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Vets Bring A 'Level Of Selflessness' To Service In Congress


The number of veterans serving in the U.S. Congress has been in decline for the last 40 years. The generation that fought World War II is disappearing. Those who served during wars in Korea and Vietnam are also aging, and there hasn't been a draft since 1973. A number of people worry about how these dwindling numbers could affect defense decisions and debates over how to care for veterans, especially in the midst of the VA scandal.

Seth Lynn, who is a U.S. Marine Corps veteran himself, founded Veterans Campaign, a place to educate and train veterans to run for elected office. He joins in our studios. Thanks so much for being with us.

SETH LYNN: Thanks for having me.

SIMON: What issues and what perspective are you particularly eager to see veterans bringing to public life?

LYNN: I think veterans have a unique and very intimate perspective of foreign-policy and what our Defense Department needs to be doing, as well as how to care for veterans. But my organization really isn't about any particular issue.

It's more about getting people into elected office who bring a certain level of selflessness and putting their country first and are willing to work together regardless of their background or party affiliation. I hear a lot of stories, all the time, of folks who serve together, working across party lines...

SIMON: Yeah.

LYNN: ...Helping each other out. And I hear that about World War II veterans, and, you know, more recent veterans.

SIMON: Certainly referring to our men and women in uniform becomes a popular theme during the campaign season. And I wonder if the major parties have been making much of an effort to recruit veterans to run for office.

LYNN: There's definitely a push in both parties to showcase folks in their party who've served in uniform. That doesn't always mean they're going to win seats. A lot of times, I've seen veterans get recruited to run for unwinable seats, to be sacrificial lambs because ultimately...

SIMON: Oh, just dress up the party.

LYNN: Exactly. They want someone to run for the seat that's definitely not going to be won by the opposition party, at least have a face of a candidate. And it's good to have a face with a photo, you know, from their time serving in Iraq or Afghanistan to disagree with the other party's policy on national defense or veterans' issues, and say see, the men and women in uniform agree with us.

I'm curious to see whether this issue with the VA scandal is going to precipitate the Republican Party to sort of try to bring in some more veterans as candidates to showcase, you know - we actually are going to try to do more for veterans than the party in power.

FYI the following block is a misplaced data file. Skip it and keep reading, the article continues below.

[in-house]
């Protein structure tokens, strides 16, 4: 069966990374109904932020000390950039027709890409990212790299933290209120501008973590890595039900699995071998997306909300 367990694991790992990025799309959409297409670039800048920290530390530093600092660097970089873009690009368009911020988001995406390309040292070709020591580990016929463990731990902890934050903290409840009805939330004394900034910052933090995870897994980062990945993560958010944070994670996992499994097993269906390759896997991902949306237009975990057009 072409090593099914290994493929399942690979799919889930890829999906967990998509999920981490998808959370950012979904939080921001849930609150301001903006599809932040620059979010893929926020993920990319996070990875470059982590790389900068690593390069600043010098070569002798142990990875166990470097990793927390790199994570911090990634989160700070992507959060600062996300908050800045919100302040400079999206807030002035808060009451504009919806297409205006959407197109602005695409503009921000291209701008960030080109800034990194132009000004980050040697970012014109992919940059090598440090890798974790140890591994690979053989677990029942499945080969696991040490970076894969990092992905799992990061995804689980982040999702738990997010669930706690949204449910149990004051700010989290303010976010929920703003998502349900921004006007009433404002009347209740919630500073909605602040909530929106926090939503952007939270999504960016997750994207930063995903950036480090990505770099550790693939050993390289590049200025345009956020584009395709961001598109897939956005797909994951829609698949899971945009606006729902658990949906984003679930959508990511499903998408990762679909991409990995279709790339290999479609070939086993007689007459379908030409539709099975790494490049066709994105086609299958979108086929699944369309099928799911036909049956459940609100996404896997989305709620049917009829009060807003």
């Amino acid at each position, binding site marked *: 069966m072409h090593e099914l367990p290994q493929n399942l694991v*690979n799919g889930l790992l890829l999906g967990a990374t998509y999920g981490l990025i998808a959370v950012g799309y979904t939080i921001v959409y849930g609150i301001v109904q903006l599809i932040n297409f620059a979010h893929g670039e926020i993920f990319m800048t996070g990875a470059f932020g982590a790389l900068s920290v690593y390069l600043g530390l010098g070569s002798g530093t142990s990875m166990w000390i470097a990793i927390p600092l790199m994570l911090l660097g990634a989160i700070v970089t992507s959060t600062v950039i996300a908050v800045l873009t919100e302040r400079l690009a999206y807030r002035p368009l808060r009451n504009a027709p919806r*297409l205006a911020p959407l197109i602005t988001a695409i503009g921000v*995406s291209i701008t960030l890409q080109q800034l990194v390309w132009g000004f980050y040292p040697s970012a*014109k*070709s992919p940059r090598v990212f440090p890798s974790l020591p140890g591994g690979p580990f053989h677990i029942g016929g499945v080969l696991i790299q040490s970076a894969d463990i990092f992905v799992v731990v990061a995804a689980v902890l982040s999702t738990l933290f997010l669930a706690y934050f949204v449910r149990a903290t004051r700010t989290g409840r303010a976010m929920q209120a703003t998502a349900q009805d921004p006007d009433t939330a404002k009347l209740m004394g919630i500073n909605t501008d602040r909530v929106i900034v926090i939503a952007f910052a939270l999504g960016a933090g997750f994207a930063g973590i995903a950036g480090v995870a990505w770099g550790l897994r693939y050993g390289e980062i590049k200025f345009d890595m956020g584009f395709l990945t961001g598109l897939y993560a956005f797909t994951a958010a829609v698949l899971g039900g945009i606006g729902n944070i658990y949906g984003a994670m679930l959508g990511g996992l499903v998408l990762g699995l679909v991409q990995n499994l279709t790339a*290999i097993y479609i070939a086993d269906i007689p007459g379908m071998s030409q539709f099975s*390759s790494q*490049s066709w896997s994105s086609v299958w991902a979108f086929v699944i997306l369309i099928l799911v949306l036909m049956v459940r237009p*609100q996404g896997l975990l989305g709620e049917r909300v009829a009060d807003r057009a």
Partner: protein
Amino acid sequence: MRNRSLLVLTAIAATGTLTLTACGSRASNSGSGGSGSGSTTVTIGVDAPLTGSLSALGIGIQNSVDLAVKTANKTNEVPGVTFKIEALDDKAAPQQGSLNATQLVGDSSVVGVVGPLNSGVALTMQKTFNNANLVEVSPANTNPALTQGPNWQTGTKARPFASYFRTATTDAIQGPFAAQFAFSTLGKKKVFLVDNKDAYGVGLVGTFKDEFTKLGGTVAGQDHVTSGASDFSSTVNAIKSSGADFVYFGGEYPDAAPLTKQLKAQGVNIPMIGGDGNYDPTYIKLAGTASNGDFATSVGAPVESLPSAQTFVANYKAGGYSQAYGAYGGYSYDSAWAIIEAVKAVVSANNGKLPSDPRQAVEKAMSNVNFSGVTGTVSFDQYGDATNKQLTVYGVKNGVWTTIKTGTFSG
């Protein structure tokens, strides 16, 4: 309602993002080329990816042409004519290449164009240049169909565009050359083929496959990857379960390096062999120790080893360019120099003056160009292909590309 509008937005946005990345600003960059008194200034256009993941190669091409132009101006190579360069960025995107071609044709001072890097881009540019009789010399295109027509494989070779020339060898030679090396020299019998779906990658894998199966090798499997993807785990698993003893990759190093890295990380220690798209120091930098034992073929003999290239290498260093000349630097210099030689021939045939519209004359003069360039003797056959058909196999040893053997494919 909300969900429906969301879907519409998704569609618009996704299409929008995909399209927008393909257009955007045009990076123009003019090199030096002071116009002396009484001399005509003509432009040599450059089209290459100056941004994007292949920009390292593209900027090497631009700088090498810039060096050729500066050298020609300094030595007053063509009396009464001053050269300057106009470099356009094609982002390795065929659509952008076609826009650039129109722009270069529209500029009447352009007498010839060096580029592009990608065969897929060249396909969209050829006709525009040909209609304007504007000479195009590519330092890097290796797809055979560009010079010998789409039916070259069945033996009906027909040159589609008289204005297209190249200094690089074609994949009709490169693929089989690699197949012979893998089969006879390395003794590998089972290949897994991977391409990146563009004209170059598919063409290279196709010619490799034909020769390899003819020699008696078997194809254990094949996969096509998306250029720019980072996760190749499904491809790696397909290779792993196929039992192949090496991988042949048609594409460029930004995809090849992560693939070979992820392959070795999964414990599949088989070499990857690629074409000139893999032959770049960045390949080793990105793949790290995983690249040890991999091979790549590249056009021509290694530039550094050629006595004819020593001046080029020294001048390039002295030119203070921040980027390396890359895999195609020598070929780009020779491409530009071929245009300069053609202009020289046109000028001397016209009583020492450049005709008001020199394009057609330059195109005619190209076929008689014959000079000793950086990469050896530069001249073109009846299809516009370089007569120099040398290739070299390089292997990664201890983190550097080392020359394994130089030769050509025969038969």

SIMON: Well, it's interesting you should spotlight that because I think one of the things I've noticed as the VA scandal has been unfolding is there are relatively few members of Congress who were able to stand up and say this is something I know from my personal experience.

LYNN: Right. One thing veterans definitely bring as elected officials is that when they speak about military veterans' issues, it's very tough for those who haven't served to contradict them.

SIMON: Mr. Lynn, do you have any idea how many veterans are running for office this primary season - spring and summer?

LYNN: So it seems to be fairly comparable to the last few elections. The last few elections, we've had about 190 major party nominees for Congress who have been veterans. It seems like it could be comparable.

SIMON: That's pretty big.

LYNN: It's fairly large. Four decades ago, 3 out of 4 members of Congress have served in uniform. By 9/11, it was 1 in 3. And today, it's 1 in 5.

SIMON: How do you train somebody who may have been in combat? How do you train them to be in politics?

LYNN: Well, you know, there are candidate trainings across the country that just give you a basic tutelage in how to run for office in general. What we try to do is put a veteran twist on it. We have a - you know, a real focus on fundraising because that tends to be an issue for people. We have one course called Bullet Proofing Your Service Record. It's actually taught by the chief strategist for Swift Boat vets from back in 2004. It says, well, here's some ways to make sure that this doesn't happen to you.


LYNN: A big focus we have is to make sure that veteran candidates don't lead with their military record. It's a great way to get some press, and people definitely respect it. But at the end of the day, voters like that, but they want to hear about what you're actually going to do as a candidate.

SIMON: It's winning hearts and minds.

LYNN: Exactly. It's winning hearts and minds.

SIMON: Seth Lynn is founder of the Veterans Campaign. And he teaches civil military relations and politics at the George Washington University. He was an amphibious assault vehicle officer in the U.S. Marine Corps. Thank you for your service and thanks for being with us.

LYNN: Thanks for having me. Transcript provided by NPR, Copyright NPR.

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